Tag: dogfish head

Mixed Feelings

Before beer was beer, it was blended. The first fermented drinks were mixes of fruit, honey, and grains. Sugar was scarce; anything sweet went into the pot. Even when brewers figured out how to malt and mash barley effectively enough to make wort, fermentation remained a mystery, and sluggish batches were jump-started with fresh wine or mead. The Hymn to Ninkasi mentions “brewing a wort with honey and wine.” In the Kalevala, Osmotar’s beer—a dud—is saved by a bee.

Today the lines are blurring again, even as the TTB struggles to keep up with style names like wheatwine. We had an excellent braggot from Atlantic Brewing Company at their roadside barbecue shack on MDI—sweet, but in a rich, barrel-aged sort of way. Dogfish Head’s Noble Rot is a mix of beer and wine; soon they’ll release a blend of beer and cider. Avery makes some grape-grain hybrids too, though barrel herder Andy Parker doesn’t like the term. The Sumerians called it kaš-geštin, a combination of their pictograms for beer and wine. I don’t know how to pronounce it either.

Beer cocktails are trending and beer-beer blends are catching on. But Pils in your Pinot? Samuel Pepys, who’d try anything, was unconvinced.

…and to Mr. Hollyard, and took some pills of him and a note under his hand to drink wine with my beere…

[later]

They gone, I to my office, and there my head being a little troubled with the little wine I drank, though mixed with beer, but it may be a little more than I used to do, and yet I cannot say so…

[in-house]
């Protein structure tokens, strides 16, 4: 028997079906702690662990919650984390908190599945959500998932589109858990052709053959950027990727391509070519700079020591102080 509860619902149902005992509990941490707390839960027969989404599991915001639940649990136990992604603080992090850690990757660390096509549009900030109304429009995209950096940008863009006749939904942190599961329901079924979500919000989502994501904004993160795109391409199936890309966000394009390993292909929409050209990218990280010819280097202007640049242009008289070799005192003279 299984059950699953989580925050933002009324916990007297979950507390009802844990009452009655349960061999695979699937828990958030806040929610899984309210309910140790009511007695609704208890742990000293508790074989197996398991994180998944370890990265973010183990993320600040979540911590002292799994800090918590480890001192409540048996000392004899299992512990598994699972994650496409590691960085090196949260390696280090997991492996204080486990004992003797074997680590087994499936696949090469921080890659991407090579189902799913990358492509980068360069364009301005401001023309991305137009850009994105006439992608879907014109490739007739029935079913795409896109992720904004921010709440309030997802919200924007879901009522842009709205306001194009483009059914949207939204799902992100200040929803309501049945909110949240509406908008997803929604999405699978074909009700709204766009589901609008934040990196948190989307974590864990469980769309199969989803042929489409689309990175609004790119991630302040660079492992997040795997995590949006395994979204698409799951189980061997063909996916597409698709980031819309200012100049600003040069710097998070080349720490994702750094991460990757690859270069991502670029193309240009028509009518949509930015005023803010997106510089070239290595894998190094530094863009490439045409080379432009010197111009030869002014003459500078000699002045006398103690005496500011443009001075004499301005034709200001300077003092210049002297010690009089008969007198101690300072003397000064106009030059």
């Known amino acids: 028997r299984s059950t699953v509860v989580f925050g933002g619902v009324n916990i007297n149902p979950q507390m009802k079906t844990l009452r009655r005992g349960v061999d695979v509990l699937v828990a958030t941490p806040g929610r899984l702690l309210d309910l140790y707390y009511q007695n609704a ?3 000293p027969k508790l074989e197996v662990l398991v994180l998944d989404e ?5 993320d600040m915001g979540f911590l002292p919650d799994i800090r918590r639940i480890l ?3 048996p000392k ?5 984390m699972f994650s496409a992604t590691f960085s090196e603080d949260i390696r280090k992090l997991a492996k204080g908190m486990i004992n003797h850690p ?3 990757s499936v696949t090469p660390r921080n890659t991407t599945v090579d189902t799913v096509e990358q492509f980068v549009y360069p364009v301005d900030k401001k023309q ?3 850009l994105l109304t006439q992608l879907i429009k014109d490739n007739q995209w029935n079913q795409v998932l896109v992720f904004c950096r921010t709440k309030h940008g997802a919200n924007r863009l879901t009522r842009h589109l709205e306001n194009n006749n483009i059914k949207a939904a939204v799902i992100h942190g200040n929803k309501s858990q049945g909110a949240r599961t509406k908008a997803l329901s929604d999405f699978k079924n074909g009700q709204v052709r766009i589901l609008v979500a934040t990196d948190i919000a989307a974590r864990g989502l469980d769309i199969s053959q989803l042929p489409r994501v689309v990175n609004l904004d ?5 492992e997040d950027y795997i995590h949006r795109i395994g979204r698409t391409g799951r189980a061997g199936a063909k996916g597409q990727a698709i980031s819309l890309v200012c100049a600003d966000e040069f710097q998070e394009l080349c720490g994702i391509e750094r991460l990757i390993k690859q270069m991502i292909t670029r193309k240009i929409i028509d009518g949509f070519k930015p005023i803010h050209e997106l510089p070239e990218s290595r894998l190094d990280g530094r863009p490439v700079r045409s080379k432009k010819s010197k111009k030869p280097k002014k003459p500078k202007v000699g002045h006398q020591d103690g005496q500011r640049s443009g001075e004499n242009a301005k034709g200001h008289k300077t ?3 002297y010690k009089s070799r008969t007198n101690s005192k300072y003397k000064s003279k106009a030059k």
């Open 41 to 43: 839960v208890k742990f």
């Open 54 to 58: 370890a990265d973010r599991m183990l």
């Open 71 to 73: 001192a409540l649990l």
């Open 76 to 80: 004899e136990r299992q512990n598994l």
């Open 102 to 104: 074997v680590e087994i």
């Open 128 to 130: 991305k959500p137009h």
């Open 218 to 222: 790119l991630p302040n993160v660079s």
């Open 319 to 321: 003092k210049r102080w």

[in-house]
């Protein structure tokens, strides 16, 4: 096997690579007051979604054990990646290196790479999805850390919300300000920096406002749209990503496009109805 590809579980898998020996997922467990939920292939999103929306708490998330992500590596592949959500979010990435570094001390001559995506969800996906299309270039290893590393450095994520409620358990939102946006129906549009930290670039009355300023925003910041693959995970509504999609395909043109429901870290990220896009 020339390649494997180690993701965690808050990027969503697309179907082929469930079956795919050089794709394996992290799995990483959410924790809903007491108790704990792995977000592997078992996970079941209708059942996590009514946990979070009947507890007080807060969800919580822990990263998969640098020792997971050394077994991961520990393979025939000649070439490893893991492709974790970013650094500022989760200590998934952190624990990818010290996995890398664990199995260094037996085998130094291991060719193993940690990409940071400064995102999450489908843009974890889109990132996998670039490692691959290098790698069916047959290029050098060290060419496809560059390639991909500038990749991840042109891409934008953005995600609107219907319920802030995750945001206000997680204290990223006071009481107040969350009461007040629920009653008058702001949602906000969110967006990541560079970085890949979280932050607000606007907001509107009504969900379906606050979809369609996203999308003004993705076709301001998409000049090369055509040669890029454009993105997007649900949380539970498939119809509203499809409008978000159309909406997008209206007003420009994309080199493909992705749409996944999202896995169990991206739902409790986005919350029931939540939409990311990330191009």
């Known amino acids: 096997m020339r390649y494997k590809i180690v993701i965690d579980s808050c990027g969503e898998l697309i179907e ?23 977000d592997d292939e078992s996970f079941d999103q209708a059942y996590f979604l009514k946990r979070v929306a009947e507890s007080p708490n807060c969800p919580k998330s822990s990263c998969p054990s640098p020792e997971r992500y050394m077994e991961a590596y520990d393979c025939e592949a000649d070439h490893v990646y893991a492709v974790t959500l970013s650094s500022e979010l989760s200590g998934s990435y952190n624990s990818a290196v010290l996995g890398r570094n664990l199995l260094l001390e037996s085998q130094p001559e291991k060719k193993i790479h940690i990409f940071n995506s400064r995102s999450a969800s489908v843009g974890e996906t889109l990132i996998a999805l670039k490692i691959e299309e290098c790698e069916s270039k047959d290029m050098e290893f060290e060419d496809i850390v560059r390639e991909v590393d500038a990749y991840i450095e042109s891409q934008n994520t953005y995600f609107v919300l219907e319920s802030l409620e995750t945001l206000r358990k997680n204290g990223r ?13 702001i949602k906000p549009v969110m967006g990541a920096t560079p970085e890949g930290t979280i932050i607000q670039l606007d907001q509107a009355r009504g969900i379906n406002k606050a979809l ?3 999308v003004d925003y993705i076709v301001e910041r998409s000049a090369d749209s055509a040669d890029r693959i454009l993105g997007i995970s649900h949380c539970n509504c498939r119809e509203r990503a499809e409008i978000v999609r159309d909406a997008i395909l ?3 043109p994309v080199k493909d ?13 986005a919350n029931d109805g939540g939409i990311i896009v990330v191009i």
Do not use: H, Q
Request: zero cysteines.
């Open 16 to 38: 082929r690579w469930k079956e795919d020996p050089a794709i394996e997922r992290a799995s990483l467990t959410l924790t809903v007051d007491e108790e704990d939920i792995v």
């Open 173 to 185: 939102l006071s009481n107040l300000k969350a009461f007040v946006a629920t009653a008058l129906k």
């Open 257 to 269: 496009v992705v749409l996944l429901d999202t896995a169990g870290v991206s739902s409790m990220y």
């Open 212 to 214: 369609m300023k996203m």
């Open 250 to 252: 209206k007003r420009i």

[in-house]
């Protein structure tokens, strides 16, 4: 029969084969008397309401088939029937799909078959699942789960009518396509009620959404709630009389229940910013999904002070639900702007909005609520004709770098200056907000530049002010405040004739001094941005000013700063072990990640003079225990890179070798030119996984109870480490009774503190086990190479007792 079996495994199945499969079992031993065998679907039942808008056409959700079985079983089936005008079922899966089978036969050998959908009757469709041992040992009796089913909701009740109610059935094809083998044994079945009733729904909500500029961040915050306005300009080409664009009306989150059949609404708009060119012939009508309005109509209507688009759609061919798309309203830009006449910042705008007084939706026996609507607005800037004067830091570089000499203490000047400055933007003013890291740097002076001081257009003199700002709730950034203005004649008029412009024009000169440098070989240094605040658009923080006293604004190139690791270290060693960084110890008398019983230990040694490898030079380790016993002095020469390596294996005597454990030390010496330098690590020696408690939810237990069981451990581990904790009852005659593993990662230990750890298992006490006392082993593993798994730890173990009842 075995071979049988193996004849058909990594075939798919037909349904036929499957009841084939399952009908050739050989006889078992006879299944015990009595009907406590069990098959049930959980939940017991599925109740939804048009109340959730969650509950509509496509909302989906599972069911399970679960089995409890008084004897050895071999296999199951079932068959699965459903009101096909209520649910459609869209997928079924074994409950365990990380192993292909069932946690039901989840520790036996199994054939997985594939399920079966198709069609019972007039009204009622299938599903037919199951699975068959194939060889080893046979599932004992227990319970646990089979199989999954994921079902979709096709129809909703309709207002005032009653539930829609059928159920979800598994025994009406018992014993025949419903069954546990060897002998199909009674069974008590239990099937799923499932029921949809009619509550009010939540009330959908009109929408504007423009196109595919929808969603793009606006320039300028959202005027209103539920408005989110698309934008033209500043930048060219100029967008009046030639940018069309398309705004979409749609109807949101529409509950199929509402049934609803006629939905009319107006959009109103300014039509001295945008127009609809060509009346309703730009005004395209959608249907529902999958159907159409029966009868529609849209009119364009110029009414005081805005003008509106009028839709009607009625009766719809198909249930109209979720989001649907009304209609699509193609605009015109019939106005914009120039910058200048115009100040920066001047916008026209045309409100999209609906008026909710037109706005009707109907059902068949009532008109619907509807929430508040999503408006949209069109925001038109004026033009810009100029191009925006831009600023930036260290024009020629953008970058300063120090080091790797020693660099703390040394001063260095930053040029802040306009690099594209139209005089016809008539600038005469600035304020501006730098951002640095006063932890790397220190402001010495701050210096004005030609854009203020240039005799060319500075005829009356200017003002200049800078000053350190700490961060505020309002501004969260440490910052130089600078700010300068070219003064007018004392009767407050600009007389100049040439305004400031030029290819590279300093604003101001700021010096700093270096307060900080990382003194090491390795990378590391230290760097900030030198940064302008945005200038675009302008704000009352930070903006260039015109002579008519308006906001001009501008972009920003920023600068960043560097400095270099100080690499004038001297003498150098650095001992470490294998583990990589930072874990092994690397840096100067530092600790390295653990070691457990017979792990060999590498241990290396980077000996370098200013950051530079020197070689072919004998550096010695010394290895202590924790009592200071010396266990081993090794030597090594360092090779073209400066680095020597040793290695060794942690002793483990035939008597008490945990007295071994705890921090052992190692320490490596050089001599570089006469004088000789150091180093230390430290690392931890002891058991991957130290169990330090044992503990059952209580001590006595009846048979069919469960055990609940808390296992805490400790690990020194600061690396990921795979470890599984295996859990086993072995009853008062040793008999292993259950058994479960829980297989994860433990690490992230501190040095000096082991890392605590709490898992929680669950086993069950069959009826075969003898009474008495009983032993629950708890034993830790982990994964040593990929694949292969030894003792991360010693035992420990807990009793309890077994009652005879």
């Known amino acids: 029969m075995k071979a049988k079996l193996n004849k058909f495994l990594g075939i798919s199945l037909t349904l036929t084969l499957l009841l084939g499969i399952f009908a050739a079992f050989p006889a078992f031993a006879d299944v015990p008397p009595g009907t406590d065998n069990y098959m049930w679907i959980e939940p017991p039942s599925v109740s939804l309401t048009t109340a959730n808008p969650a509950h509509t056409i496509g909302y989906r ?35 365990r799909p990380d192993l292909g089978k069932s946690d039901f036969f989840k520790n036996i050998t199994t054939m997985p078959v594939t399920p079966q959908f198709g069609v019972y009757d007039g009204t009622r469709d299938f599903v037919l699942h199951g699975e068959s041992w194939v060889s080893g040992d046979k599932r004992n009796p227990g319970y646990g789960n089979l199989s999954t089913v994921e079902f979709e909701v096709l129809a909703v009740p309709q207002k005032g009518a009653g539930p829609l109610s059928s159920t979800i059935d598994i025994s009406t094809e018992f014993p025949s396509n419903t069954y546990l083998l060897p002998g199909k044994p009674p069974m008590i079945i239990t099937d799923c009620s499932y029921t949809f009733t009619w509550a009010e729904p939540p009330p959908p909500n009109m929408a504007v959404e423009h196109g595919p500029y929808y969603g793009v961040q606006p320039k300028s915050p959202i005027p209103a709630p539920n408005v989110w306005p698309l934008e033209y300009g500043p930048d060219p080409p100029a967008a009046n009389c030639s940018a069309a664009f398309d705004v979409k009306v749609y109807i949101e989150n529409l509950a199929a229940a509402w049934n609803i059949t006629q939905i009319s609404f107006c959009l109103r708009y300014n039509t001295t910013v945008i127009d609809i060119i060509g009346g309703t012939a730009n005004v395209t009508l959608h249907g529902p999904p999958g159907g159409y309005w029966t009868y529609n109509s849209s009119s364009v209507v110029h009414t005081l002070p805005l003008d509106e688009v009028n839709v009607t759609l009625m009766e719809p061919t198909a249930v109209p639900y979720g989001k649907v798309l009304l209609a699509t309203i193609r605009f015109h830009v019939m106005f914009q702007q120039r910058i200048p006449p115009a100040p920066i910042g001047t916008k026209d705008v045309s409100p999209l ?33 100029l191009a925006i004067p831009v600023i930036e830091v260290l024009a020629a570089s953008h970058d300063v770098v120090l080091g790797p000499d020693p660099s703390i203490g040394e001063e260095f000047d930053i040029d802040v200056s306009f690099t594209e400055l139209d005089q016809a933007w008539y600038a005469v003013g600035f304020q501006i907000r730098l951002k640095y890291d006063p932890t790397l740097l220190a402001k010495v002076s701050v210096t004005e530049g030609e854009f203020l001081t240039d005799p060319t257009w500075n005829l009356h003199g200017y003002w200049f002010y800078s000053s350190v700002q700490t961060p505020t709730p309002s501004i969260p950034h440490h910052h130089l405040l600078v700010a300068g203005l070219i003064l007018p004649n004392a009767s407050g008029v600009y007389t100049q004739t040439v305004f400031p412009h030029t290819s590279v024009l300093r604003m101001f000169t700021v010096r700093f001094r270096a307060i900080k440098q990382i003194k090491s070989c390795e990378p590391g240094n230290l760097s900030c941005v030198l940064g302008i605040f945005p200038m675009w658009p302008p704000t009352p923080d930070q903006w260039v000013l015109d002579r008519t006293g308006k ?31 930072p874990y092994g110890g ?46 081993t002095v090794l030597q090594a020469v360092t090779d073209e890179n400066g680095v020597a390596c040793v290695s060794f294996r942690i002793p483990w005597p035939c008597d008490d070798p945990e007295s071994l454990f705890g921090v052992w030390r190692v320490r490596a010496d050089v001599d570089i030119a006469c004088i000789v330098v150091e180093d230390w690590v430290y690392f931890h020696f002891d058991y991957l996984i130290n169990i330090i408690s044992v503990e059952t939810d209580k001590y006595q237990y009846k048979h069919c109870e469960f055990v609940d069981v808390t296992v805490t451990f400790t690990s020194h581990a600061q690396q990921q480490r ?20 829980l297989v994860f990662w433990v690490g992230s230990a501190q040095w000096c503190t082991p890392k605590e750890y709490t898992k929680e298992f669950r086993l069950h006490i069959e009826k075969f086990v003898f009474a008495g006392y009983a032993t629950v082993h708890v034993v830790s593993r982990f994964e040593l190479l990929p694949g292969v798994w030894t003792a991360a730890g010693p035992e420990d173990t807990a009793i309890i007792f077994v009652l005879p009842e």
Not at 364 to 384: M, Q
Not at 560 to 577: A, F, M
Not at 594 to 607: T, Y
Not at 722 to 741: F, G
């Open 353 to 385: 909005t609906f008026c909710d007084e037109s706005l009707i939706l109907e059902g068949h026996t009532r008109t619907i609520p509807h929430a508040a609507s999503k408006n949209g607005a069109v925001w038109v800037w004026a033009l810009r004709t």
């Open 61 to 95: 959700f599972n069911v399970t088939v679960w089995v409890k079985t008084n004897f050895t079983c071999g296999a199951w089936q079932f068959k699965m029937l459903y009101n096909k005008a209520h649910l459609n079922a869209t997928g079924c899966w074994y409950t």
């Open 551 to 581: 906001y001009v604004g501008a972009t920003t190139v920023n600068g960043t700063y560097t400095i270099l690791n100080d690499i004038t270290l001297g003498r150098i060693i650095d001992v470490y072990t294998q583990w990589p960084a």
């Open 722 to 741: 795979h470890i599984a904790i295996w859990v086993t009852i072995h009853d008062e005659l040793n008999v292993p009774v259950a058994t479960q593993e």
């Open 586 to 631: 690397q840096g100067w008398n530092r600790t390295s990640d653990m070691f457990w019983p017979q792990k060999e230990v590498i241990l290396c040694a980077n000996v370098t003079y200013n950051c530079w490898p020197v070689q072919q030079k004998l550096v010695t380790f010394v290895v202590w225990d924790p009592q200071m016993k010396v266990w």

Molto Birra


Italian beer can be great, but not always. We tried a lot of bottles when I was working on this article, and they were all interesting, and expensive, but we found a few duds. Some had gone a little sour. Some were old. Inconsistency is expected with such a small industry. The biggest Italian craft brewery, Baladin, is 1/15th the size of Dogfish Head, and Dogfish Head isn’t even that big.

But beer is booming there — Italy had 65 breweries in 2000. Today there are 279. That’s not as explosive as the biggest spike in American craft breweries (200 opened between 1993 and 1994) but it’s something. Both booms produced some sub-par beer, but the difference with Italy is range. A flooded market forced American craft brewers to specialize; Italian brewers are making weird stuff right out of the gate.

I asked Sam Calagione what it was like collaborating at the new Eataly brewery with Teo and Leo, the brewers at Baladin and Birra del Borgo, guys who brew with stuff like kamut, myrrh, and ginger.

“We picked fresh thyme in the hills behind Leo’s brewery, threw it in the brew kettle. I put a jalopy brewery in my truck and drove up to Boston, met the guys at a nondescript warehouse, and fired up some test batches. It all happened in person, over pasta and good beer. Teo doesn’t even use email.”

Leo does. He wrote to me that brewing with Sam went like this: “When I was brewing with Sam I was telling to Sam the idea and Sam went crazy for that!” That’s about how it works in our house, too.